An interesting discussion erupted on my twitter timeline recently regarding an issue that divides a lot of women and as I found out, feminists as well. The tweeter who caused the raucous called it “anti-feminist” to sleep with another woman’s partner whether a boyfriend or a husband. When probed on what she meant, she reiterated that she found the hypocrisy in some of her feminist friends who knowingly sleep with other women’s partners perplexing and disturbing. This is of course speaking outside of the parameters of an open relationship, where the act would not be considered ‘cheating’. Her sentiments brought me back to bell hook’s “Wounds of Passion: A Writing Life”. In it, she describes her situation as a young woman who falls in love with an older, rugged, mysterious man who is at the time in a long-term relationship with a Gypsey woman who is sometimes away for extended periods of time. She is told the relationship is an open one but thereafter discovers otherwise when the man’s girlfriend becomes upset at his shifting affections. There is a particular part in the exchange between bell hooks and this other woman that has never sat well with me. She begins to lecture the woman about the danger of feelings of ownership and insecurity in relationships as well as the unfulfilled promise of traditional romantic pairings. It’s as if she wishes to usher her into a new and more glorious dawn very much like the sexual and intellectual liberation she is experiencing at the time as a university student in the early 70’s but the woman is expected to engage without the safety net of youth, inexperience and hopeful dogma. She allows no space in the conversation for the woman’s feelings of betrayal and loss and the woman goes away recognisably angry and forlorn.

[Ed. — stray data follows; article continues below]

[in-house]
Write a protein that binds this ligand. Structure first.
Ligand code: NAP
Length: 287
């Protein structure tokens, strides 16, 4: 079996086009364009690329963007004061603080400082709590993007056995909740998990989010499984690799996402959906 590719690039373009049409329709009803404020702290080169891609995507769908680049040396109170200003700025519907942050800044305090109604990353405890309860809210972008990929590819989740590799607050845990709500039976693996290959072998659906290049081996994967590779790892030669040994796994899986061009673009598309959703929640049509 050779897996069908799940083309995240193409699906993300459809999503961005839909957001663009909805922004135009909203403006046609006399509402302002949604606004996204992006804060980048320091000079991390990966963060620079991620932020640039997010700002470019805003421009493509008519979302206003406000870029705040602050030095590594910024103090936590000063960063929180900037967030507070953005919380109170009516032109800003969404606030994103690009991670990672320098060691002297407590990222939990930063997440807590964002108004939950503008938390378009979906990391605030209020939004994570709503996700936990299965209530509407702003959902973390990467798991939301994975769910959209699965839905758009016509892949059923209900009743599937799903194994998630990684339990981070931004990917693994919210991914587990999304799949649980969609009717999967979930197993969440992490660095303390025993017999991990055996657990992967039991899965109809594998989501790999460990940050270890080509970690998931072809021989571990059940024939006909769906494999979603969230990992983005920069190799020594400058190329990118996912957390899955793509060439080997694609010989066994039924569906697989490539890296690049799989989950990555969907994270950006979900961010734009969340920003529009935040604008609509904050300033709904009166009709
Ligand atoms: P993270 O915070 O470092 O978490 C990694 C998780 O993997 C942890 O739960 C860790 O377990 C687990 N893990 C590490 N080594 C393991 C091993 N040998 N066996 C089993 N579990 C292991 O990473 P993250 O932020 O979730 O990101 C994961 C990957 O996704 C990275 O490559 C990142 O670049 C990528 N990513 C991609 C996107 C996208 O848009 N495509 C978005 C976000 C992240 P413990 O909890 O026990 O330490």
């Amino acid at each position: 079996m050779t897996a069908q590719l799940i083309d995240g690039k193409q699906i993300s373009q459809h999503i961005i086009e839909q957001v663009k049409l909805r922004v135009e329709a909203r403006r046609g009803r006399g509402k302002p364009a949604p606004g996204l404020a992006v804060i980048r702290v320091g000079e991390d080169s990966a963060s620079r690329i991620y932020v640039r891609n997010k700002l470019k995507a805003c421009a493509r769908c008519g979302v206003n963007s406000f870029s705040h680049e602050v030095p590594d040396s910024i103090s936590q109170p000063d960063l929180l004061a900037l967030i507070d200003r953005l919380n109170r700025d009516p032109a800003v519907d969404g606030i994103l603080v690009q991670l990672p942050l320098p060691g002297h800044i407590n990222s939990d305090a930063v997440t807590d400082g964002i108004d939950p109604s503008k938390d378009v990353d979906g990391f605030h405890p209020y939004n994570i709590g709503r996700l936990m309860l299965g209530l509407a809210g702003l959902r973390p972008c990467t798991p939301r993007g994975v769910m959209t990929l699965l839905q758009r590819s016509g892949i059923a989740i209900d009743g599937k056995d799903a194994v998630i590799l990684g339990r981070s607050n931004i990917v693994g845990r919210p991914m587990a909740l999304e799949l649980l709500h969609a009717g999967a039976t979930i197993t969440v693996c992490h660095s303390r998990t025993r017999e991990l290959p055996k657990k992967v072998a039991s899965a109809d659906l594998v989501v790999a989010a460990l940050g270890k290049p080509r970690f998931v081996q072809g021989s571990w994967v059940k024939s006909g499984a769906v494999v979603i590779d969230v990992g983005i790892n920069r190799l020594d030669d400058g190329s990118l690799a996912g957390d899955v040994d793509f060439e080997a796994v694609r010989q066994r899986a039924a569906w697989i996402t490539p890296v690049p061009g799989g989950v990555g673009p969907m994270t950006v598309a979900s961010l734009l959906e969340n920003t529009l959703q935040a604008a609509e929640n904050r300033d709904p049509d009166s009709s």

It occurred to me that perhaps in our sexual freedom as feminists, we may display an unintended callousness to women who do not share the same consciousness and understanding we do. To put it more simply, we may not feel guilt at the bitter feelings of these women because we consider them immature and unevolved feelings to have if we are to transform the world and the lot of women as a whole. Many of the ideas that underpin traditional romantic relationships and monogamy have their roots in patriarchal precepts about the respectability of women and the restraining of our (if left unchecked) wanton sexuality. The idea that certain women get claimed/chosen and others not for reasons of societal ‘worth’ and the promise of a more fulfilling womanhood from the totality of it being subject to the whims of the male libido, do women no favours. Most feminists would agree. The other half of the debate, which goes back to the first tweeter who set it all off, conflates the idea of feminism with that of sisterhood. This is to say that a woman should not hurt another woman for any reason and especially not over a man, to fulfil their own selfish desires, if they are truly pro-women. It’s a comforting notion if only for the fact that it would imply a unity and collaboration and community that may oil the gears for a more effective and efficient stand against patriarchy. Another tweeter asked: “how can you fight and advocate for certain principles on a wider socio-political level if you’re not even willing to implement them on a personal level in your own life?” She brings it out of the realm of abstractions and to flesh and blood people interacting and making decisions that shape our society. She continued: “unless you’re completely devoid of social awareness or you have reliable knowledge that the relationship is an open one, getting involved with someone else’s partner has the likelihood of hurting them. Is that really difficult to figure out? Saying the human experience is too complex to refrain from doing things that you know will hurt others is a fancy way of saying its ok to be selfish. And it can’t be denied that that is the reason for many of the world’s ills: certain people or groups doing things that are pleasing and beneficial to them with no regard or care for how they might be detrimental to others.” One might wonder if the reluctance to accept those kinds of sacrifices as part of being a feminist don’t come from the nagging feeling that they would be a form of acceptance and endorsement of the status quo in an area where a lot of women feel empowered to push against the grain and experience liberty because of feminism – their sexuality. How does one act with compassion, while remaining free and allowing for the reasonable expectation of agency and accountability for one’s own life from other adults? Do our decisions in these situations really reflect a crack in our views with regards to gender politics? Is the expectation of a sisterhood not very similar to a ‘girl code’ and other constricting rules that often times uphold certain patriarchal notions even unintentionally?